A beautifully situated working farm with glamping and self-catering accommodation – perfect for discovering Orkney!
Not for nothing did the poet and novelist George Mackay Brown say that the Orkney imagination was haunted by time. It's certainly true that there’s something otherworldly about the Orkney Islands. The land here has been smoothed over by the prevailing winds, and the resulting views are of rolling hills and water, water everywhere between the 70 islands that make up the archipelago. The dun hills are like the patternless tweed of a geography teacher’s jacket and the sky can do everything from broody to menthol-clear.
Many visitors arrive on the short ferry hop from Gills Bay, between Thurso and John O'Groats, to the charming port village of St Margaret's Hope, from where it's a couple of miles to Wheems Organic Farm, a 6-hectare smallholding owned by Mike Roberts, though now largely run by his daughter Islay. It has a simple and fitting ethos; to keep things small, simple and eco-friendly but, most of all, to share the beauty of this ethereal setting, which is a five-minute walk from the sea.
Wheems is in part a campsite, with pitches for campers and caravanners in the grassy meadows, but for those seeking creature comforts there are also four solid wooden bothies or pods, insulated with sheeps’ fleece and with long double-glazed doors that open onto a deck overlooking the bay, and a Mongolian-style yurt, with beautiful latticework walls and a toasty log-burning stove in its centre. They also have two bell tents for those too lazy to put up their own, each equipped with a wood-burning stove and space for 3 on a double futon and single futon, and a small traditional cottage, renovated like the rest of the farm buildings with local, traditional and sustainable materials, and equipped with solar and ground source heating. Connected to the main farmhouse, it has sliding doors onto its own sea-view patio and terrace, one double bedroom, a living room with sofa bed, a well-equipped kitchen and a small bathroom with a shower.
If the hens are playing ball, fresh eggs are available on the farm, along with other homegrown produce and fresh bread – and you can help yourself to the herbs and salad leaves in the garden (they even provide a watering can for budding gardeners). Dogs on leads are welcome in the cottage (and camping), but not in the yurts, bothies or bell tents.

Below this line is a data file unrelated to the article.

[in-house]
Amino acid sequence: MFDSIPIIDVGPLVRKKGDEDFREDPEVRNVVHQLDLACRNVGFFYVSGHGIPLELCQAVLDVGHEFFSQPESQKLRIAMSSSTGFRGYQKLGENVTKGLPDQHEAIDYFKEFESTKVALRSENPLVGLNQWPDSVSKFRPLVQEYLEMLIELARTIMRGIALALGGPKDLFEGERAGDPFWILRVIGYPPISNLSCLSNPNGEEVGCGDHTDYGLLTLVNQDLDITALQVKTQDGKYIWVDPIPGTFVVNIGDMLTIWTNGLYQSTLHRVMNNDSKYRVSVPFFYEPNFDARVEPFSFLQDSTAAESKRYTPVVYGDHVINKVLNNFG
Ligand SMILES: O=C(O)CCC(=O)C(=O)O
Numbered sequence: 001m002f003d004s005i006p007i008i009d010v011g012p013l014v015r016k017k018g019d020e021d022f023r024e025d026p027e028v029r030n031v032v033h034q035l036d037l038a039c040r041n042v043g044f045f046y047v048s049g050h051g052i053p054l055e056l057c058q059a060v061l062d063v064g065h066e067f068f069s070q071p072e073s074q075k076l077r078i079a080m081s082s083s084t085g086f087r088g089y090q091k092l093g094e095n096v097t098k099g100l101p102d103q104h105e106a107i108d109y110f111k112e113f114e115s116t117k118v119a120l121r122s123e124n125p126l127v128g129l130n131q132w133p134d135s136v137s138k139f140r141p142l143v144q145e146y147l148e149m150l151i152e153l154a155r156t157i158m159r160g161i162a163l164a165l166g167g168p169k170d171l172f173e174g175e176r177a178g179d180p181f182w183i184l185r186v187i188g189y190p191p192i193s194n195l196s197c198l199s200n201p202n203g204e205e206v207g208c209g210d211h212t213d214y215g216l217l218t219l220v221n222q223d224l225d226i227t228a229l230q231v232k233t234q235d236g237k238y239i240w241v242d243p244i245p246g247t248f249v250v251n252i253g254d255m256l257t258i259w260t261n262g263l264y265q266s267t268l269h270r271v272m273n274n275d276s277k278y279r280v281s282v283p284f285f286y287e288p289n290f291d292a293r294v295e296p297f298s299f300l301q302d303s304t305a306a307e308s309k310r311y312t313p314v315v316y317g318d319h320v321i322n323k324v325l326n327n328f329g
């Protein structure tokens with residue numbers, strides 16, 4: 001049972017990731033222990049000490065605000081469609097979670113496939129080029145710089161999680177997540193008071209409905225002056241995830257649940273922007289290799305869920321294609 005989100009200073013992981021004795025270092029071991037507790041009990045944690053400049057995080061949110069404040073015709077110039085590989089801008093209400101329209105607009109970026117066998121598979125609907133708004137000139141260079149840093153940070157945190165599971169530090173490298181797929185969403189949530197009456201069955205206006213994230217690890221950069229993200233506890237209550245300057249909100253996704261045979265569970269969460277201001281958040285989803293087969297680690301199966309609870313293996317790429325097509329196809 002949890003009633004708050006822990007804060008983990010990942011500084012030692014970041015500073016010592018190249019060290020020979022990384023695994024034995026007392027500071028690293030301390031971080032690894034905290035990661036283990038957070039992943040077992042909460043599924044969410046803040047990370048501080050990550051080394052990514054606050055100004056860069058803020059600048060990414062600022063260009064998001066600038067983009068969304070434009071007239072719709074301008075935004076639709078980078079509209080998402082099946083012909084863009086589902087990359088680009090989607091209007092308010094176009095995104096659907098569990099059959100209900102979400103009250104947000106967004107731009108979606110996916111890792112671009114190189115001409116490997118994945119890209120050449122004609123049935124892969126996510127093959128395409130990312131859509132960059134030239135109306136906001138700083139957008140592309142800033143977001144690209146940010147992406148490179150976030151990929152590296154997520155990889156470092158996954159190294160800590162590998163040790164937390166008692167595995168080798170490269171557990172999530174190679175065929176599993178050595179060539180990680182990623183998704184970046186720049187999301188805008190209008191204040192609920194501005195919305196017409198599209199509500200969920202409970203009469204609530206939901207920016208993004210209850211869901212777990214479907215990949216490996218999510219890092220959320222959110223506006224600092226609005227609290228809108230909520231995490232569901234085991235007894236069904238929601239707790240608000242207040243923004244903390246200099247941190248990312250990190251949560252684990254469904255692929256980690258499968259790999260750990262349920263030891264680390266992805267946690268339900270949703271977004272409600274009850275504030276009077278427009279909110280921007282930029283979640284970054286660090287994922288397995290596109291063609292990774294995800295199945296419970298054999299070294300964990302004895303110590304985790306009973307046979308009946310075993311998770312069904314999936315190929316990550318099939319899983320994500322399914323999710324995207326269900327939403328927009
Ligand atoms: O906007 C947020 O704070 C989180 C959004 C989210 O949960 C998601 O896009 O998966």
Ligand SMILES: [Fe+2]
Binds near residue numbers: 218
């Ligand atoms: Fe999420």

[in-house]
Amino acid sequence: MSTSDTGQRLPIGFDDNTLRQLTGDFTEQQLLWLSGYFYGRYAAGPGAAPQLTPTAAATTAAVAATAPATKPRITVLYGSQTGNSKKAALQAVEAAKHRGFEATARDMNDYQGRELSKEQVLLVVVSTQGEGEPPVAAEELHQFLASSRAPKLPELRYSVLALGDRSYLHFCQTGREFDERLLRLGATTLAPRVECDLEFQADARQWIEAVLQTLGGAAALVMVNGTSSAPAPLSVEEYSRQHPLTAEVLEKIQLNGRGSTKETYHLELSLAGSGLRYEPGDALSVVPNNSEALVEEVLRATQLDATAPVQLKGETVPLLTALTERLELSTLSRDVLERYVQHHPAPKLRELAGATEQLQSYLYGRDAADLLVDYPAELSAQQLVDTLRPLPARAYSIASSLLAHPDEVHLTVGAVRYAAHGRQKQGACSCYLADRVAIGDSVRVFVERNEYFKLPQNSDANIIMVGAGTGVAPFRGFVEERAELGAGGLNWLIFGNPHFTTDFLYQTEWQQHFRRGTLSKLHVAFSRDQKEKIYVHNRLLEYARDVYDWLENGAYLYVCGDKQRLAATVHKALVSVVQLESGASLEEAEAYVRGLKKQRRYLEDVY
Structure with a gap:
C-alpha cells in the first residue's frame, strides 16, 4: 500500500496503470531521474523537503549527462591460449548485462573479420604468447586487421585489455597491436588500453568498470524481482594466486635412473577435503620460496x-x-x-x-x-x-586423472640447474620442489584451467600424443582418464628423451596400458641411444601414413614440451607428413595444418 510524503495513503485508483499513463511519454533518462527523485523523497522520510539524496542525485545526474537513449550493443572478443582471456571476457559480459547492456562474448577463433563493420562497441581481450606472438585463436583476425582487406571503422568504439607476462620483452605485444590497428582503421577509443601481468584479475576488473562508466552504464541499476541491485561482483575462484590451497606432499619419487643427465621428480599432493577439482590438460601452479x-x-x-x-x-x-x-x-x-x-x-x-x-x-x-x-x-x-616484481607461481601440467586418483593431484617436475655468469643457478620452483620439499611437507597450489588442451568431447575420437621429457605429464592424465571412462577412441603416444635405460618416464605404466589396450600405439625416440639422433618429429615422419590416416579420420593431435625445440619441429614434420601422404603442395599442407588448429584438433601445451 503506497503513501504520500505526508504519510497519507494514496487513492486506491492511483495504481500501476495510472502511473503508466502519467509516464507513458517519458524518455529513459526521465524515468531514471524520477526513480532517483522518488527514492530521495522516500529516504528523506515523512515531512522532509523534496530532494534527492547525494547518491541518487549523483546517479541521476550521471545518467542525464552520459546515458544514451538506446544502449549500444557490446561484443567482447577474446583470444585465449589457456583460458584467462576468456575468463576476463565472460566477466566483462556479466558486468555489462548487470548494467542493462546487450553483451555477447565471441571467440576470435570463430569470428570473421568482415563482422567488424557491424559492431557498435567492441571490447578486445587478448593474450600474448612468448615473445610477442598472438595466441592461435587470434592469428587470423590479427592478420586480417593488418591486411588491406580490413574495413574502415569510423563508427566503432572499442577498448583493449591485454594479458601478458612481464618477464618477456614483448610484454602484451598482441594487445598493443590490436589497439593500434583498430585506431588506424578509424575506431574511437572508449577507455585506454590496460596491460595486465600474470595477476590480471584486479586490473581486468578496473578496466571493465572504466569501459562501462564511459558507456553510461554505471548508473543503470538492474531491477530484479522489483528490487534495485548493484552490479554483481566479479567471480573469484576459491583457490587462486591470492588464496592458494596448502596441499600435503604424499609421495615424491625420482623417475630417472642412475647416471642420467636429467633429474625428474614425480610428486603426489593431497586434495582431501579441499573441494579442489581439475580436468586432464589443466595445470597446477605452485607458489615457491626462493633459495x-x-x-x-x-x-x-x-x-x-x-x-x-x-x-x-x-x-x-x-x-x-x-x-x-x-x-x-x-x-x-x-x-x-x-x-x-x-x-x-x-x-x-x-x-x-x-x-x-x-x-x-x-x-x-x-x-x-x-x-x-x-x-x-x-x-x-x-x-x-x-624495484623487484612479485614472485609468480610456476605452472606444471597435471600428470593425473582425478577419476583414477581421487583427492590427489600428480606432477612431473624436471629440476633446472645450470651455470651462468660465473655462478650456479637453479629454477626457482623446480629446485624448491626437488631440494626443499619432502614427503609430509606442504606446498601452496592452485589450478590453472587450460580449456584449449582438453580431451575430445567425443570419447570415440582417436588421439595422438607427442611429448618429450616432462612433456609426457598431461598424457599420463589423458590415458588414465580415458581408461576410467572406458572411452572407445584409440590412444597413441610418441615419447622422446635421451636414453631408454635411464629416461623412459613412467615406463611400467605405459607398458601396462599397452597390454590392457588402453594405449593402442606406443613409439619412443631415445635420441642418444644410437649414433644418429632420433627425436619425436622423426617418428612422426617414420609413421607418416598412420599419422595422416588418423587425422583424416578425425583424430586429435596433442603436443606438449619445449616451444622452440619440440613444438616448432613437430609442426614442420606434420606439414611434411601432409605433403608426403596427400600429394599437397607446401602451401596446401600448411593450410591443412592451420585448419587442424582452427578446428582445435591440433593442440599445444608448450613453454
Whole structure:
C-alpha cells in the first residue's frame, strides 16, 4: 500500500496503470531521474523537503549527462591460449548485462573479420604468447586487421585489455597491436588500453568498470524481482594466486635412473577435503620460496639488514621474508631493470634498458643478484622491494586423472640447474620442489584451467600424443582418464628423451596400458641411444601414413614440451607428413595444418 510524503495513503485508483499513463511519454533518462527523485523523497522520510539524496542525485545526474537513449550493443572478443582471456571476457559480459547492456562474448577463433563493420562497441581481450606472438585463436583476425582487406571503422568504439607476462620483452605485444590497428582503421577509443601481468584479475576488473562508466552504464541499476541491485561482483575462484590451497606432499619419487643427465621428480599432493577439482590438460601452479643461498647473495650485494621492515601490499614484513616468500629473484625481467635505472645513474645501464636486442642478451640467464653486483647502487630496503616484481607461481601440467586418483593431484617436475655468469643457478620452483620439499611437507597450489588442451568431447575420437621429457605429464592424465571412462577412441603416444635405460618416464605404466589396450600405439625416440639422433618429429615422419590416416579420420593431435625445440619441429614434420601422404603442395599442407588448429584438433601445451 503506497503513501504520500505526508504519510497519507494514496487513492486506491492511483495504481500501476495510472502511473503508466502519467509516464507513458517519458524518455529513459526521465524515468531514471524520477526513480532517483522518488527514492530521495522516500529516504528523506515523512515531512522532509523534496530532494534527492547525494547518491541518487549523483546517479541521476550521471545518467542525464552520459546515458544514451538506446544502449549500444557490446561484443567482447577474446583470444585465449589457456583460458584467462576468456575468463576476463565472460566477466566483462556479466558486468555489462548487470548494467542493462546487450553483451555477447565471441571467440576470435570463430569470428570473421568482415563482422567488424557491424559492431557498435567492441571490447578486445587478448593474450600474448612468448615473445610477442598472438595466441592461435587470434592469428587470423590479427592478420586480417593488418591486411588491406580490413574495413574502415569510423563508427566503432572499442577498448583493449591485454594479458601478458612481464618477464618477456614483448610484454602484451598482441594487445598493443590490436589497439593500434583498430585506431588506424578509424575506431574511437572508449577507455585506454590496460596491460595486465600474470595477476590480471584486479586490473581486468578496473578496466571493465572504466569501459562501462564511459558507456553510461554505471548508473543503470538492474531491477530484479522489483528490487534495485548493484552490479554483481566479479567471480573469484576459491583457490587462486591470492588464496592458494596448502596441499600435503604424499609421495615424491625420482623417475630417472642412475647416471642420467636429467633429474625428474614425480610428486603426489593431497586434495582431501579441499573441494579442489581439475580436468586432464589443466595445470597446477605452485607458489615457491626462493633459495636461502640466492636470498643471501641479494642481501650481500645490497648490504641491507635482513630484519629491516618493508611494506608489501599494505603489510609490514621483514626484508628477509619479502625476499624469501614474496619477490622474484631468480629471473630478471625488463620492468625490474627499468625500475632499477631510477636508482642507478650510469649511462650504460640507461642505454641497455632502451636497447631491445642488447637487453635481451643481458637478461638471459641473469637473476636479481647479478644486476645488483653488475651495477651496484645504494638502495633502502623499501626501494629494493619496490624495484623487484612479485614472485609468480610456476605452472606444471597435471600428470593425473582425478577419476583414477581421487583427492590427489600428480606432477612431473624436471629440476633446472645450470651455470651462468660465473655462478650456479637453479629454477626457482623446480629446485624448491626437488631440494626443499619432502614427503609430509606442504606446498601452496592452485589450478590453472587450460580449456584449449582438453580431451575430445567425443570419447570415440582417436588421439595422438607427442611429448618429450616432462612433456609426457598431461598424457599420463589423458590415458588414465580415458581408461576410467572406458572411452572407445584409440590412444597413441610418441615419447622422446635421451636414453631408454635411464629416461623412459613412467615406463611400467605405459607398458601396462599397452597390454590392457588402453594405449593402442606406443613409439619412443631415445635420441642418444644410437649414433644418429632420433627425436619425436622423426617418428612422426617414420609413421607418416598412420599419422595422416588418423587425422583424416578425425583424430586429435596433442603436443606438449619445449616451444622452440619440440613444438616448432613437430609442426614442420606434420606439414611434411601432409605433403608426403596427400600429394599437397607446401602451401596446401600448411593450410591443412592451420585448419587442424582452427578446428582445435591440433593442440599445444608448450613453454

As for Orkney, it's a great and not surprisingly relatively undiscovered destination – and one that has been settled for a long time. You can visit the stone-age village of Skara Brae or the neolithic burial chamber of Maes Howe, whose entry shaft is perfectly aligned with the setting sun on the winter solstice. Try also if you can to stop at the small Italian chapel on Lamb Holm, built by and for the POWs here during the war. Like most things in the Orkneys, it’s a simple and unassuming place, but beautifully done – just like Wheems Farm!
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Things to see & do nearby
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World's Shortest Flight
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Experience the shortest scheduled flight in the world.
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Each pod sleeps 2 people, the yurt can sleep 3 adults (or a couple with 2 small children), and the bell tents sleep x. The cottage comfortably sleeps 2 people.
Find a bed in a place to sleep near you
Bell tents £30 a night, £180 a week; pods £40 a night, £240 a week; yurt £50 . night, £300 a week; cottage £65 a night, £360 a week.
The easiest way to reach Wheems Farm is to take the ferry from Gills Bay on Mainland Scotland to St Margaret's Hope, South Ronaldsay, which just a couple of miles from the farm. There are also summer passenger ferries from John O'Groats to Berwick on South Ronaldsay, and from Aberdeen to Kirkwall, a half an hour drive away. It takes about the same amount of time to drive from Kirkwall airport.